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Twitch reportedly suffered a cyberattack and some user data may have been breached, and an investigation is currently underway.
The company sent an email to potentially affected users, though did say that debit and credit card payment information is safe. Twitch noted that usernames, passwords, email addresses, physical mailing addresses, phone numbers, and dates of birth could have been accessed in the incident.
"We are writing to let you know that there may have been unauthorized access to some Twitch user account information," the company confirmed on its blog. "For your protection, we have expired passwords and stream keys and have disconnected accounts from Twitter and YouTube. As a result, you will be prompted to create a new password the next time you attempt to log into your Twitch account."
Ransomware attacks, relying on custom malware able to encrypt files, continues to pose a significant threat to business users.
New ransomware types are popping up, including Crypto Wall and Torrent Locker, being distributed via email spam, watering hole attacks, and malvertising. Due to the financial benefit of compromising victims, hackers are always on the lookout for new methods to infect victims.
"One researcher likens it to turning on the kitchen light and having the cockroaches scatter," said Andrew Conway, research analyst at Cloudmark, in a statement published by Baseline. "Now, instead of one ransomware package, there are three or four of them out there. Occasionally, there will be a bug on ransomware that will enable people to get their data back. But, if you don't have another copy of that data, pay the ransom if you need [the data]."
Hackers want to steal the personal information of US residents, and are finding healthcare companies especially vulnerable to attack. Both Anthem and Premera have suffered data breaches so far in 2015, and experts are concerned the problem will only get worse.
Since 2009, more than 1,100 separate data breaches led to personal data of more than 120 million people to be stolen, according to the Department of Health and Human Services (HHS).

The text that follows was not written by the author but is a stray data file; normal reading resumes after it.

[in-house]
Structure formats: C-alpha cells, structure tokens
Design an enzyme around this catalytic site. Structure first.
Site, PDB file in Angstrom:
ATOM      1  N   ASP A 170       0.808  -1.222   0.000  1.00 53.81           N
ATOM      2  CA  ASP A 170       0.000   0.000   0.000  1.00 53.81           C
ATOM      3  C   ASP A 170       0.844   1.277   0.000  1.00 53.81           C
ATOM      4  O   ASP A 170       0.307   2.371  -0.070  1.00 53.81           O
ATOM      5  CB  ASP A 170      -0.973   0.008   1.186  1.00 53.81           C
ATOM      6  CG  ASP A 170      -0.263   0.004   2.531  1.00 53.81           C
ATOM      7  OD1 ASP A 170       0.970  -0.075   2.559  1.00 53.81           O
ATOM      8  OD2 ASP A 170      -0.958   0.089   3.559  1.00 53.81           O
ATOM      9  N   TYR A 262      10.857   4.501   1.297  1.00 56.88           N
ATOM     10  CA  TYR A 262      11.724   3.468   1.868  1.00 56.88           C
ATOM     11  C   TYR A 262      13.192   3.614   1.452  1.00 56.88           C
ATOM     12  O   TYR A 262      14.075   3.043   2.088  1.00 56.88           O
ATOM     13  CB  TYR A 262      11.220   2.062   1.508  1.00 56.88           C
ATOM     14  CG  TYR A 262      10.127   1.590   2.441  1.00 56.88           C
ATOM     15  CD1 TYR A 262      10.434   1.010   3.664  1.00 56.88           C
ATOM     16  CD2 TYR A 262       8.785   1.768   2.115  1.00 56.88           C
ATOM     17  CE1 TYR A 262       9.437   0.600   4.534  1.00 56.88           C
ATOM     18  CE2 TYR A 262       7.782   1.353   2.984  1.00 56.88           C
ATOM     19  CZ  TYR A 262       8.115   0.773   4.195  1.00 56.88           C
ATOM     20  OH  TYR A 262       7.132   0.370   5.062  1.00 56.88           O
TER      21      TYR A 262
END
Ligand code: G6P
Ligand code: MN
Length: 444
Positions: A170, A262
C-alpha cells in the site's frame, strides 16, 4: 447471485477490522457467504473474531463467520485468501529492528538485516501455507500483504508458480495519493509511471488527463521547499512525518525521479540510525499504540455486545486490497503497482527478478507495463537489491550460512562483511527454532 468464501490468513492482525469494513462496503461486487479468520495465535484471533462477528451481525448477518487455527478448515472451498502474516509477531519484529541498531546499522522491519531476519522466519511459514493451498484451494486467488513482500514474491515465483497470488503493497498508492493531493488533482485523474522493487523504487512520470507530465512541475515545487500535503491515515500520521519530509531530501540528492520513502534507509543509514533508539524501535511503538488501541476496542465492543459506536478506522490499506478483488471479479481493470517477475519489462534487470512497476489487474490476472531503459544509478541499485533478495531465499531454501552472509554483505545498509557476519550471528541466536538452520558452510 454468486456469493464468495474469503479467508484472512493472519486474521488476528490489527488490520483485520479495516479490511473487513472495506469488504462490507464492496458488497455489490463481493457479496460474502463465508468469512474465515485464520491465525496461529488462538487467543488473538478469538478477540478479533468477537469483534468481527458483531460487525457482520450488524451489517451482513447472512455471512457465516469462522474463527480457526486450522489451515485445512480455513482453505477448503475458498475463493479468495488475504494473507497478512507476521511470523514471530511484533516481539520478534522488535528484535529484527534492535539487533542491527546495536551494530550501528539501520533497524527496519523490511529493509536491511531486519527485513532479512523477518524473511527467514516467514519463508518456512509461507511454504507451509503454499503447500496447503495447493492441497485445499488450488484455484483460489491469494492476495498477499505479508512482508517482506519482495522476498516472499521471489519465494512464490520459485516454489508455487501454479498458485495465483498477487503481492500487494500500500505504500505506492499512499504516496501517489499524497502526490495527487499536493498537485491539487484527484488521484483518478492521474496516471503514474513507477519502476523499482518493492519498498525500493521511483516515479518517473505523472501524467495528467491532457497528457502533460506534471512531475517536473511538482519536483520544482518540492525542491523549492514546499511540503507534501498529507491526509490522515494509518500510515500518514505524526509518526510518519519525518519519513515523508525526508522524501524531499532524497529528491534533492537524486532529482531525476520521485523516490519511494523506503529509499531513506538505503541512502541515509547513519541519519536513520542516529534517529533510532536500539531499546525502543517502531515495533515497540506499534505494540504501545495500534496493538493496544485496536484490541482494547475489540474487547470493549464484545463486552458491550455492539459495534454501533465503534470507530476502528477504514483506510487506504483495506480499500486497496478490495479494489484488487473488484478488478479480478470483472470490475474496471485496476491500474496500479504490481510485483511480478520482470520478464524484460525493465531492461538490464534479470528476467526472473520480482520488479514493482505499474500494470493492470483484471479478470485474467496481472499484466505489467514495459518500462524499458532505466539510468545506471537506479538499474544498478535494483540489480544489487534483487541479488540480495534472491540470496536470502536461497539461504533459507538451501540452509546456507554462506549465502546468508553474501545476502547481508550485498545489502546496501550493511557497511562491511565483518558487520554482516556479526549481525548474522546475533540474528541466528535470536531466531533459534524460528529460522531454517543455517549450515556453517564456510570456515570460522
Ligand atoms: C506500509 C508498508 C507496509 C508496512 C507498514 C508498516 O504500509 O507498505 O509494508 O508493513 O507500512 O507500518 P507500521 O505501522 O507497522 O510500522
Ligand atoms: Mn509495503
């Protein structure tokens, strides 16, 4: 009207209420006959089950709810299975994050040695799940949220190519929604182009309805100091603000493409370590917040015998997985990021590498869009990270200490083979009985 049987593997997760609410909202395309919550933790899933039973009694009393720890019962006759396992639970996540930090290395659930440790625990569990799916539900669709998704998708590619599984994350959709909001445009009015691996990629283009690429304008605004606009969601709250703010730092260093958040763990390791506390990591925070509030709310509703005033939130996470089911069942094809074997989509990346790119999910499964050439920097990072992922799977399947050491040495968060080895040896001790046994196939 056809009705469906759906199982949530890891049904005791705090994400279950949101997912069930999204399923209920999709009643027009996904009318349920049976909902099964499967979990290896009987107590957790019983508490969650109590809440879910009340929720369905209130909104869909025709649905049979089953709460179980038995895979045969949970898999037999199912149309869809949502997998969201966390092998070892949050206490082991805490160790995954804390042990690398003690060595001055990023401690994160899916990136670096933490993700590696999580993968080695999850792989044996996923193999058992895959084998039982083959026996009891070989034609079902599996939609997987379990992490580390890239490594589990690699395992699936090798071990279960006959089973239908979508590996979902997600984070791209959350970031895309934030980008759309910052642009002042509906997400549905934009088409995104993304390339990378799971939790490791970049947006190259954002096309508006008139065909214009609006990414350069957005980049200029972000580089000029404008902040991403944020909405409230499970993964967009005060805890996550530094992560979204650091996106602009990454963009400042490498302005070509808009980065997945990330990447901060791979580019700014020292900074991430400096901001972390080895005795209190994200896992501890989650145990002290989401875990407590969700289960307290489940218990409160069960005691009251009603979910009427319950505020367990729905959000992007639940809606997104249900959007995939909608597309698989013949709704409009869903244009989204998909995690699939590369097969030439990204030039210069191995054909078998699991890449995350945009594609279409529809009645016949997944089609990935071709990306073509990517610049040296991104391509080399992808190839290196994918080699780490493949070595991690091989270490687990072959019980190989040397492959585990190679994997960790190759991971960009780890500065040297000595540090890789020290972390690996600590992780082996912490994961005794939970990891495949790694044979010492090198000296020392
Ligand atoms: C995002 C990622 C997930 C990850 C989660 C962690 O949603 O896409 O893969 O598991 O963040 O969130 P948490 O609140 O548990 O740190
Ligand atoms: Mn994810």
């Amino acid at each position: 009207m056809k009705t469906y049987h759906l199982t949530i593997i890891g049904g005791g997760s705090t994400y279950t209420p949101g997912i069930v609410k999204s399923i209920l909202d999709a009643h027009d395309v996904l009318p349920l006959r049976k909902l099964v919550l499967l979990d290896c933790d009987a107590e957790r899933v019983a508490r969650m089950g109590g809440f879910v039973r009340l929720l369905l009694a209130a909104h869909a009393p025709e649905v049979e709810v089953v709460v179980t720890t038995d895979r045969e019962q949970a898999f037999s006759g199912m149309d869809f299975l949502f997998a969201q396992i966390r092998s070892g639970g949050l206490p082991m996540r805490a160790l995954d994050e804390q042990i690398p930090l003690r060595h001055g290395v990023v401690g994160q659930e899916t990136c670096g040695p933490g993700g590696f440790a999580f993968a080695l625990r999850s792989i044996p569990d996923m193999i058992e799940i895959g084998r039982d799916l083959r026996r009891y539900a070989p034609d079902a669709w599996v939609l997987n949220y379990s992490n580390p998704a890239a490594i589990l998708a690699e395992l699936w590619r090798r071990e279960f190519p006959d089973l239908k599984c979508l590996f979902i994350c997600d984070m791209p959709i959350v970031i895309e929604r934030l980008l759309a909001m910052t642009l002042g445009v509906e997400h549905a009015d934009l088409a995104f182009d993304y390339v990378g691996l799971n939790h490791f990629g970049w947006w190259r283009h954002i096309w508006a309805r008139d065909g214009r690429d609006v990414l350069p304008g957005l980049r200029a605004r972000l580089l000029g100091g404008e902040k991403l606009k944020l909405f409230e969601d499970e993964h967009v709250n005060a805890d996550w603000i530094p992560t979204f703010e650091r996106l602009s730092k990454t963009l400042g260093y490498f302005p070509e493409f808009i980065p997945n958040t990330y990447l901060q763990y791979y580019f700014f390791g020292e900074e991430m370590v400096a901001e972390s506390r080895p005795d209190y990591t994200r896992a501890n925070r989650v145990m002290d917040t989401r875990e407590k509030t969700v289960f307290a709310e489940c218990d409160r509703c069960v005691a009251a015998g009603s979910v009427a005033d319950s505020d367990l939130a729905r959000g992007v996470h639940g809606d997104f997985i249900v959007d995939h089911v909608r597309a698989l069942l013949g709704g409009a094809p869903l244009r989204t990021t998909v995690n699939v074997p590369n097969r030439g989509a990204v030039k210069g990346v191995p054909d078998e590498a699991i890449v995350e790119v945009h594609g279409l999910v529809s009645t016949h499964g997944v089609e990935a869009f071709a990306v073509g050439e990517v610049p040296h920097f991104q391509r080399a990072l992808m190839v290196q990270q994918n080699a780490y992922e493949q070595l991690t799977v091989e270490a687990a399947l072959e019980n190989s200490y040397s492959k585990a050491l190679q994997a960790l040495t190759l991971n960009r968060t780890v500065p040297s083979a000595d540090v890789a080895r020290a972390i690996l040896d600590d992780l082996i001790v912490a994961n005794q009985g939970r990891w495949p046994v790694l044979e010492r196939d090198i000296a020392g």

"We are certainly seeing a rise in the number of individuals affected by hacking/IT incidents," said Rachel Seeger, spokesperson for the HHS's Office for Civil Rights. "These incidents have the potential to affect very large numbers of health care consumers, as evidenced by the recent Anthem and Premera breaches."
Greatfire.org, a Chinese non-profit group designed to help users circumvent the "Great Firewall of China," endured a distributed denial-of-service (DDoS) attack. The group is facing charges up to $30,000 per day for bandwidth from traffic related to the cyberattack, it says.
The group's website reported traffic 2,500 times higher than usual - and while it's unknown who is behind the attack - it wouldn't be surprising if the Chinese government was found to be responsible. Greatfire.org has received public criticism from China, which is notorious for strict control of access for its growing number of Internet users.
To help keep its services online, Greatfire.org has hosted websites on major tech companies, such as Amazon, which would receive far too much public criticism if they started censoring data.
Web.com's Register.com was reportedly victimized by a coordinated cyberattack, and the Chinese military was reportedly responsible, according to a story published by the Financial Times. The hackers had access for around one year, though it doesn't appear client data was taken or there was a significant disruption to day-to-day activities.
However, Chinese officials deny being linked to the attack: "The relevant criticism that Chinese military participated in Internet hacking is to play the same old tune, and is totally baseless," according to a statement released to the Chinese Defense Ministry, submitted to Reuters.